Pope Francis on Friday named Brother Guy Joseph Consolmagno, SJ as the new director of the Vatican Observatory. Jesuit Br Consolmagno is the current President of the Vatican Observatory Foundation, as well as curator of the Vatican meteorite collection in Castel Gandolfo, one of the largest in the world.
His research explores the connections between meteorites and asteroids, and the origin and evolution of small bodies in the solar system.
Br Guy Consolmagno SJ was born in 1952 in Detroit, Michigan. He obtained his Bachelor of Science in 1974 and Master of Science in 1975 in Earth and Planetary Sciences from the Massachusetts Institute of Technology, and his PhD in Planetary Science from the University of Arizona in 1978. From 1978-80 he was a postdoctoral fellow and lecturer at the Harvard College Observatory, and from 1980-1983 continued as postdoc and lecturer at MIT.
In 1983 he left MIT to join the US Peace Corps, where he served for two years in Kenya teaching physics and astronomy. Upon his return to the US in 1985 he became an assistant professor of physics at Lafayette College, in Easton, Pennsylvania, where he taught until his entry into the Jesuit order in 1989. He took vows as a Jesuit brother in 1991, and studied philosophy and theology at Loyola University Chicago, and physics at the University of Chicago before his assignment to the Vatican Observatory in 1993.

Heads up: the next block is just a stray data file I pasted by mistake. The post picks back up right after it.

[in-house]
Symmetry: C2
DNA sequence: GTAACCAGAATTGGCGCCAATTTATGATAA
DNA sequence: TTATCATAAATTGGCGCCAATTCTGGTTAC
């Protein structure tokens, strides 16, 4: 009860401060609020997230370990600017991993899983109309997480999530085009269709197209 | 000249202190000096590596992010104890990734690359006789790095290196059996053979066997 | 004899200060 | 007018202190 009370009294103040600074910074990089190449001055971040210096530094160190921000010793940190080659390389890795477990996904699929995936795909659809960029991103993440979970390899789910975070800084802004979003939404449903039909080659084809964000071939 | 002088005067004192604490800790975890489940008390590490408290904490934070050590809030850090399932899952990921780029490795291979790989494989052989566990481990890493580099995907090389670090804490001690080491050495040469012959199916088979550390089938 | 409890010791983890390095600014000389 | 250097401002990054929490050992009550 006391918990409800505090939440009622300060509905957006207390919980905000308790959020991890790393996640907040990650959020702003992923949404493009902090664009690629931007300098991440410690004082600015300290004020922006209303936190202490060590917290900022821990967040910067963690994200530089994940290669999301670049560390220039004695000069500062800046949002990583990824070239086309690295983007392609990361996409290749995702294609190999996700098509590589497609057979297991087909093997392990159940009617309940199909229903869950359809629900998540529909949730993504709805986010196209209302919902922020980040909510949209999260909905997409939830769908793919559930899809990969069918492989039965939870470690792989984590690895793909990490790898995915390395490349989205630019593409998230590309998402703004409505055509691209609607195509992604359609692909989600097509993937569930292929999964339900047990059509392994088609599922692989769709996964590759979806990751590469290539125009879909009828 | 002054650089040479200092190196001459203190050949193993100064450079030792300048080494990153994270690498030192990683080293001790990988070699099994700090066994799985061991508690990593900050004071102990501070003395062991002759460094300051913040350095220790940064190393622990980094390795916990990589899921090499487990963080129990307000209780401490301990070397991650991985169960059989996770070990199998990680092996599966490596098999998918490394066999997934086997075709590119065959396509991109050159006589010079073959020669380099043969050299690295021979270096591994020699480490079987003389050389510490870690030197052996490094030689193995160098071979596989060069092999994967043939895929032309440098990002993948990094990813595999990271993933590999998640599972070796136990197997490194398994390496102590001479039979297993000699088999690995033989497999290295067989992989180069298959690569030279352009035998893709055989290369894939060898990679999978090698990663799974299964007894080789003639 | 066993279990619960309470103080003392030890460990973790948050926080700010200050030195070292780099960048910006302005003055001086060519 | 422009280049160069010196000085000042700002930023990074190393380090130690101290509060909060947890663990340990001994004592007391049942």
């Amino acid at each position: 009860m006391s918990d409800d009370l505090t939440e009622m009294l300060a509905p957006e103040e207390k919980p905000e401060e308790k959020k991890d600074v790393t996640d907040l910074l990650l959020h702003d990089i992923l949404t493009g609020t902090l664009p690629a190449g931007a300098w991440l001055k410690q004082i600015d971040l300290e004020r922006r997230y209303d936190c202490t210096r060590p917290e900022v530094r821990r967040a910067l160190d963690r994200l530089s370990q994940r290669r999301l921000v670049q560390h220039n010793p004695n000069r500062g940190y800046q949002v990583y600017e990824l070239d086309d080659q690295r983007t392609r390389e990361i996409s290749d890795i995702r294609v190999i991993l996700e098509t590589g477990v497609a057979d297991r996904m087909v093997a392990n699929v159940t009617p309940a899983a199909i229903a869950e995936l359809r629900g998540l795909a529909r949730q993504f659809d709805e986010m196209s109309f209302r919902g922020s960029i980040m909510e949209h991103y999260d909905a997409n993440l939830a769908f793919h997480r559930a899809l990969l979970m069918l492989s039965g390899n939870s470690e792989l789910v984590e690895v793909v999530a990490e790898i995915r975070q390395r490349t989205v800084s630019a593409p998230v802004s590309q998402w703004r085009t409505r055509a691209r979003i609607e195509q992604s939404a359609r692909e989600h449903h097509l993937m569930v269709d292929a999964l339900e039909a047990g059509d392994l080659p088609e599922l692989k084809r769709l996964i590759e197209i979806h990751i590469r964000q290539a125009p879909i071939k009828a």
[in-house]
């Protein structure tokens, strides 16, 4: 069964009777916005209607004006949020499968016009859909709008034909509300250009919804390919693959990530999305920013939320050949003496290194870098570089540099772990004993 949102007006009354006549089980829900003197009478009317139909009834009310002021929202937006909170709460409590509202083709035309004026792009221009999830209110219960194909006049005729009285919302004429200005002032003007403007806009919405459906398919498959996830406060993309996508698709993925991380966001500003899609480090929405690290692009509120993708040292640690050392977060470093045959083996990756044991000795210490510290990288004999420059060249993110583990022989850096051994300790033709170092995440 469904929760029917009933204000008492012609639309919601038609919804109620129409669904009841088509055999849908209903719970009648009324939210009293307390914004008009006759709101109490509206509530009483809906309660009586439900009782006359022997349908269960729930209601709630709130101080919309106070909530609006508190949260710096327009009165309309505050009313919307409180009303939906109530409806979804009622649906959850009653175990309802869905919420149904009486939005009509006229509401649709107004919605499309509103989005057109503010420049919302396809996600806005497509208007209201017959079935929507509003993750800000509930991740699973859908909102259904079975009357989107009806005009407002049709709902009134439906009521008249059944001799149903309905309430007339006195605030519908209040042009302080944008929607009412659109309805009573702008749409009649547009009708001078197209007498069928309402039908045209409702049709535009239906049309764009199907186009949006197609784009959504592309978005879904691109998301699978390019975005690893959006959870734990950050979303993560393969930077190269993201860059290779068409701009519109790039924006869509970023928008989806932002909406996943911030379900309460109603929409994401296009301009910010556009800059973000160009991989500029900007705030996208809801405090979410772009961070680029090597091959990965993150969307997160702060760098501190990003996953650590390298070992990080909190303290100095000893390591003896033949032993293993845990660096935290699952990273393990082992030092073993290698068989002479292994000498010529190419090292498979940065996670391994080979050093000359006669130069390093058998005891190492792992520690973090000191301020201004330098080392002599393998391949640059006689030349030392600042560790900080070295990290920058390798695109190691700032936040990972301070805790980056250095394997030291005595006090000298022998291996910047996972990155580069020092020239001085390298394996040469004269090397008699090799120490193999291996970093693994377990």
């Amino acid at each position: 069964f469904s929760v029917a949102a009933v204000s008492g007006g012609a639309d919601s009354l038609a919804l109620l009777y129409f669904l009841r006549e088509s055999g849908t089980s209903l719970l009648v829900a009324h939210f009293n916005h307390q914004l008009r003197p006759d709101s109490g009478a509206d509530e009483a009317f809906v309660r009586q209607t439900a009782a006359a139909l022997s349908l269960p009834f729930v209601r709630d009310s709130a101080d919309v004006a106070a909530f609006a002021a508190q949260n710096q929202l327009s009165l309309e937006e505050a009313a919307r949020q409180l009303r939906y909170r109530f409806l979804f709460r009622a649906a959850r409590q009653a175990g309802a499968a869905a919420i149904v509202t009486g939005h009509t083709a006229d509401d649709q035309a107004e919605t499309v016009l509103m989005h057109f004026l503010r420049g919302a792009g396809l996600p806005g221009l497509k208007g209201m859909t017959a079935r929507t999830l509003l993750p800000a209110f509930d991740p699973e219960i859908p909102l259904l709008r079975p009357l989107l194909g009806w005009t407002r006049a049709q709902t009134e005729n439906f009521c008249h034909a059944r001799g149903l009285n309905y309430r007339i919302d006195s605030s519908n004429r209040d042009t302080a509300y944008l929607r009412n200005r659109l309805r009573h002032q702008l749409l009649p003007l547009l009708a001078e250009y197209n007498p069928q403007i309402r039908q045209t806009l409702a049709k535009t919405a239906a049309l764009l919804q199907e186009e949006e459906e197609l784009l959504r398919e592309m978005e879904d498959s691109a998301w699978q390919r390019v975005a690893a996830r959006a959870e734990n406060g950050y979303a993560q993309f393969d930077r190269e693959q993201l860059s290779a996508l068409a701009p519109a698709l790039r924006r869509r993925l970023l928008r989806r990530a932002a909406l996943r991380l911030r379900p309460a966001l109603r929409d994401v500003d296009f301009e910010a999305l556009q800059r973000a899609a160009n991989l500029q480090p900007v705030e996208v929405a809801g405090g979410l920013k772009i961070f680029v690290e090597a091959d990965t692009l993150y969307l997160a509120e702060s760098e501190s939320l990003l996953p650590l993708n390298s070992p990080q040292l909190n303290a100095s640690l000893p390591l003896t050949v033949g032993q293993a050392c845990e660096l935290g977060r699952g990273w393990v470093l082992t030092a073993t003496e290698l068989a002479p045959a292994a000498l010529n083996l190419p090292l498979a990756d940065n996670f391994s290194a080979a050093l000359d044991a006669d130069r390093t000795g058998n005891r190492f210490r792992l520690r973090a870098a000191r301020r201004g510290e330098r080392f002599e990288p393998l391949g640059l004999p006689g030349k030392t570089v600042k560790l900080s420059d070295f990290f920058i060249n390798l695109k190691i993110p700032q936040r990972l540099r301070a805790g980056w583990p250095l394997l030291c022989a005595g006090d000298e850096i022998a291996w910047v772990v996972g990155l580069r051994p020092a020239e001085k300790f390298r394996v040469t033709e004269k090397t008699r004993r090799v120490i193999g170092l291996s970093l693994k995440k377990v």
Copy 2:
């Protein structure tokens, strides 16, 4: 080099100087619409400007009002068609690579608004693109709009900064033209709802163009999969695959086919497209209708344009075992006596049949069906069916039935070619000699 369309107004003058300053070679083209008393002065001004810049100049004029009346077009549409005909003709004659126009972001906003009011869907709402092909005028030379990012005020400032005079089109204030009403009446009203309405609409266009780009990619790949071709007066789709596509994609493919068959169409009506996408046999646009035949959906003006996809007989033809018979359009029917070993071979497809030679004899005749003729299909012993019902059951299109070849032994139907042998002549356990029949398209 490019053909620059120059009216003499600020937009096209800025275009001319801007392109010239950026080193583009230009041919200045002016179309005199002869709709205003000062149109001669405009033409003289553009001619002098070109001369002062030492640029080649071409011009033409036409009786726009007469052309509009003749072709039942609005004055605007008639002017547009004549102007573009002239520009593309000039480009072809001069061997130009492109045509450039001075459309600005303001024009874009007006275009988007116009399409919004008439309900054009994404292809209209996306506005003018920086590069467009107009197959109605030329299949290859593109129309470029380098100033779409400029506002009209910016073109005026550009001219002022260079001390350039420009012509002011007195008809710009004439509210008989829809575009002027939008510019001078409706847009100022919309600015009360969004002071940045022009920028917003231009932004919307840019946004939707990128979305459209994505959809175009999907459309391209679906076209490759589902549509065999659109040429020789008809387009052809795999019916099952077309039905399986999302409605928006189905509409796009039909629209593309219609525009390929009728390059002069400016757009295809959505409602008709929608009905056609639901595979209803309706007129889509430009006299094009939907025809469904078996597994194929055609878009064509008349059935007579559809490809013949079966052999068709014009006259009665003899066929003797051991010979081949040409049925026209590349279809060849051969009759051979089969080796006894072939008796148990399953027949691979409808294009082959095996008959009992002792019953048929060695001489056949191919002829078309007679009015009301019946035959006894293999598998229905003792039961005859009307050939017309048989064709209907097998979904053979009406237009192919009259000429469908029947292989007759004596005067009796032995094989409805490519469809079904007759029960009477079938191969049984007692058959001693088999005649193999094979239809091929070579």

In spring 2000 he held the MacLean Chair for Visiting Jesuit Scholars at St Joseph's University, Philadelphia, and in 2006-2007 held the Loyola Chair at Fordham University, New York. He has also been a visiting scientist at the Goddard Space Flight Center and a visiting professor at Loyola College, Baltimore, and Loyola University, Chicago.
Br. Consolmagno has served on the governing boards of the Meteoritical Society; the International Astronomical Union's (IAU) Division III, Planetary Systems Science (secretary, 2000 - present) and Commission 16, Moons and Planets (president, 2003-2006); and the American Astronomical Society Division for Planetary Sciences (chair, 2006-2007).
He has coauthored five astronomy books: "Turn Left at Orion" (with Dan M. Davis; Cambridge University Press, 1989); "Worlds Apart" (with Martha W. Schaefer; Prentice Hall, 1993); "The Way to the Dwelling of Light" (U of Notre Dame Press, 1998); "Brother Astronomer" (McGraw Hill, 2000); and "God's Mechanics" (Jossey-Bass, 2007). He also edited "The Heavens Proclaim" (Vatican Observatory Publications, 2009).
Br Consolmagno is curator of the Vatican meteorite collection in Castel Gandolfo, one of the largest in the world. His research explores the connections between meteorites and asteroids, and the origin and evolution of small bodies in the solar system. In 1996, he spent six weeks collecting meteorites with an NSF-sponsored team on the blue ice of Antarctica, and in 2000 he was honored by the IAU for his contributions to the study of meteorites and asteroids with the naming of asteroid 4597 Consolmagno.
sábado, 19 de setembro de 2015
terça-feira, 15 de setembro de 2015
Walk to the edge of town and then keep walking. There you’ll find a humble museum with a lot of heart. (Photos: Jo Piazza)
What’s a guy to do with millions of dollars worth of meteorites stored in a bunker deep below the desert?
Open a meteorite museum of course. And so that is exactly what Rodrigo Martinez after more than thirty years of collecting space junk from the Atacama desert in Northern Chile.